Every business leader says they’re open to change. But a study by Gallup found that 70% of organizational change initiatives fail.
That means that out of every workweek spent on fostering change, three and a half days are wasted. Most people simply don’t want to change if it can be avoided. Even when things aren’t going well, they prefer the mediocre to the unknown.
Businesses that embrace an organizational culture of change have similar characteristics and are willing to disrupt the status quo to make things happen.
1. Constantly evaluate what can be improved
CEOs that embrace organizational change are always seeking ways to become better. Focus on the weaker parts of your company and brainstorm how they can be better. Organizations that embrace change are like people who are always on a quest to better themselves — they analyze what’s going well and what isn’t, then adjust accordingly. There's a reason why one of the TINYpulse values is "lead with solutions and embrace change."
2. Show what needs to be improved
Talking to employees about weaknesses is important, but you need to go beyond that. Your workforce will have to be convinced that the company needs change.
For example, New York Police Commissioner Bill Bratton had his high-ranking cops ride the subways to discover why frightened New Yorkers gave the mass transit system the name “Electric Sewer,” according to the Wall Street Journal.
3. Involve employees in the process
Successful change is typically bottom-up and involves the entire team. Don’t make a plan and then tell employees what you’re going to do. Involve them in the process. Host forums and brainstorming sessions to get employees to buy in from day one.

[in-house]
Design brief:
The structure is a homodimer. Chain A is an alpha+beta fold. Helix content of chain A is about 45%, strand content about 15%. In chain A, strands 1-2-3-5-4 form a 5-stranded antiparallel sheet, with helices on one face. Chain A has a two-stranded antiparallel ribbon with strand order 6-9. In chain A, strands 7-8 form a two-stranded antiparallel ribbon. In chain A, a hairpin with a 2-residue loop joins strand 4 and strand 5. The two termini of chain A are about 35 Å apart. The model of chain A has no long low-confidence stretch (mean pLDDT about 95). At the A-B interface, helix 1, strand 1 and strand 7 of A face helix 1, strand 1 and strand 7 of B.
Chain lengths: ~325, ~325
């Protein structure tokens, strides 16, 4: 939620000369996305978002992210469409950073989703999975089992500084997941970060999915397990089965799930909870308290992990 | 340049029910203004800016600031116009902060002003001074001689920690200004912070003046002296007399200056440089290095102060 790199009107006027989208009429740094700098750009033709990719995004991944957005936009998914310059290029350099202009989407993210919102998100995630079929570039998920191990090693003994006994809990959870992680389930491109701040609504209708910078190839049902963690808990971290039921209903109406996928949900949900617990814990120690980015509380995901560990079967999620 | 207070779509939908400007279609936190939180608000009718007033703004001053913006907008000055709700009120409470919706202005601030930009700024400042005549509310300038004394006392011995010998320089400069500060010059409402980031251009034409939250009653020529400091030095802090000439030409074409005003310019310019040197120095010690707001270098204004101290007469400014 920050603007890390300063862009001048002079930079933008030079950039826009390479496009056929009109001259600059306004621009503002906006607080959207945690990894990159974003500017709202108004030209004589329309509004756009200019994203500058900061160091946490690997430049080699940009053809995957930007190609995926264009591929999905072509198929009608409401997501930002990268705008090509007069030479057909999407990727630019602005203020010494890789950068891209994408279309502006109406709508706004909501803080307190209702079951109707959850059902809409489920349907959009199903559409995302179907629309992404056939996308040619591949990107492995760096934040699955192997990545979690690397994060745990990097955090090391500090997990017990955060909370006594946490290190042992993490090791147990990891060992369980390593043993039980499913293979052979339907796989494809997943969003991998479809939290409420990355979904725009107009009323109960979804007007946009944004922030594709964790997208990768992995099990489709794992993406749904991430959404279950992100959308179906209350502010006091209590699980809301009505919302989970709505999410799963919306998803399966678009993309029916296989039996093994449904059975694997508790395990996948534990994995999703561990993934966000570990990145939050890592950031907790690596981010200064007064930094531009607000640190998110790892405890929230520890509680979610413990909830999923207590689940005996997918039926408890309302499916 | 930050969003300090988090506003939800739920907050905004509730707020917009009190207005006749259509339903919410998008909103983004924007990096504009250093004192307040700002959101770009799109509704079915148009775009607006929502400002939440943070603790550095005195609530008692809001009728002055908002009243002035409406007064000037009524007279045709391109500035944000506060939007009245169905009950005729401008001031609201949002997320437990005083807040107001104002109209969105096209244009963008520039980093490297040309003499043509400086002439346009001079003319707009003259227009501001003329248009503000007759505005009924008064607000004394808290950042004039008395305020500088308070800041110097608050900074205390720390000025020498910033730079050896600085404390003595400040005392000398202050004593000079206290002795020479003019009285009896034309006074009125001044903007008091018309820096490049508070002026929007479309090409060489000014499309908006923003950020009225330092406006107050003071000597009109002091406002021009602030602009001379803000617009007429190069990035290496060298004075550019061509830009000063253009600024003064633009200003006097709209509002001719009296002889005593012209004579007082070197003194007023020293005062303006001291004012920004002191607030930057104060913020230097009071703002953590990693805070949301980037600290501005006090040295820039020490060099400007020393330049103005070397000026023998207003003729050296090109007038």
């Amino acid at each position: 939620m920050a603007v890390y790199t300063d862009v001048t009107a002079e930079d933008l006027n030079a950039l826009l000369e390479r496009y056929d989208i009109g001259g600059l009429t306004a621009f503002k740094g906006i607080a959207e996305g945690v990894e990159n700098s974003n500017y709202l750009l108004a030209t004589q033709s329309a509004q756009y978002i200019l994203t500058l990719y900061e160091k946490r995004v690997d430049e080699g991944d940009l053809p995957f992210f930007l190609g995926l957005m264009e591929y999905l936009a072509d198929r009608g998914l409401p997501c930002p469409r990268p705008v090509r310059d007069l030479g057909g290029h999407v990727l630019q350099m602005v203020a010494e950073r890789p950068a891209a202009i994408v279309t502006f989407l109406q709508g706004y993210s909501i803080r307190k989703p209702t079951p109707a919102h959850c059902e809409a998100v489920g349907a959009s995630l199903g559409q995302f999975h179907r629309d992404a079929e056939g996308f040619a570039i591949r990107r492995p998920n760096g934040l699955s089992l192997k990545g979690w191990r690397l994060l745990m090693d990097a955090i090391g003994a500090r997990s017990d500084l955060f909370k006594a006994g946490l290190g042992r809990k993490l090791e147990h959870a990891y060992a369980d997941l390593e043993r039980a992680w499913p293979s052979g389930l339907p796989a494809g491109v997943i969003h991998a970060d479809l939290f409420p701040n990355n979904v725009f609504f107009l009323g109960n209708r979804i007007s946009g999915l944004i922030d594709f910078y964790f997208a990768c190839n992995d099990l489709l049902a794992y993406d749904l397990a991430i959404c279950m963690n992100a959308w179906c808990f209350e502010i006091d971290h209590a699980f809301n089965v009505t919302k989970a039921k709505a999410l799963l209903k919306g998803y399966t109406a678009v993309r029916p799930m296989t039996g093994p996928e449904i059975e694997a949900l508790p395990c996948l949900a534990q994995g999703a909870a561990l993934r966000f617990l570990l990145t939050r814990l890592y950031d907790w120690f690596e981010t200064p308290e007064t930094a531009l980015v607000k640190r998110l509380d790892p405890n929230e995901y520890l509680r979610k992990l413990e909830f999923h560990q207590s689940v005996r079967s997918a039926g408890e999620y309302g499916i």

Once a decision has been formulated, communicate it to the company’s employees as soon as possible. Being transparent about the company’s new direction will be key. One expert says that it’s best to have buy-in from 75% of leadership before moving forward, as noted by the Washington Post.
4. Provide a clear vision of what the future will be like
Although employees should be involved in the process, they look to the executive team to provide guidance. For example, when Robert McNamara was president of the World Bank, he came in with the clear goal of growing the lending side of the organization and switching to a hierarchical bureaucracy, according to Forbes.
Once you’ve hashed out how to approach the change, evaluate if each goal is SMART — specific, measurable, attainable, realistic, and time-bound. This will center your initiative and ensure that goals are focused.
5. Generate smaller objectives
It’s best to have several smaller goals to provide a sense that progress is being made along the way. Communicate with employees when you reach these smaller goals. You may convince skeptical employees who didn’t initially buy in.
Strong CEOs are willing to look in the mirror and decide that things need to change. It’s reasonable to expect that not every initiative you pursue will be successful. Successful companies continue to pursue organizational change despite these failings.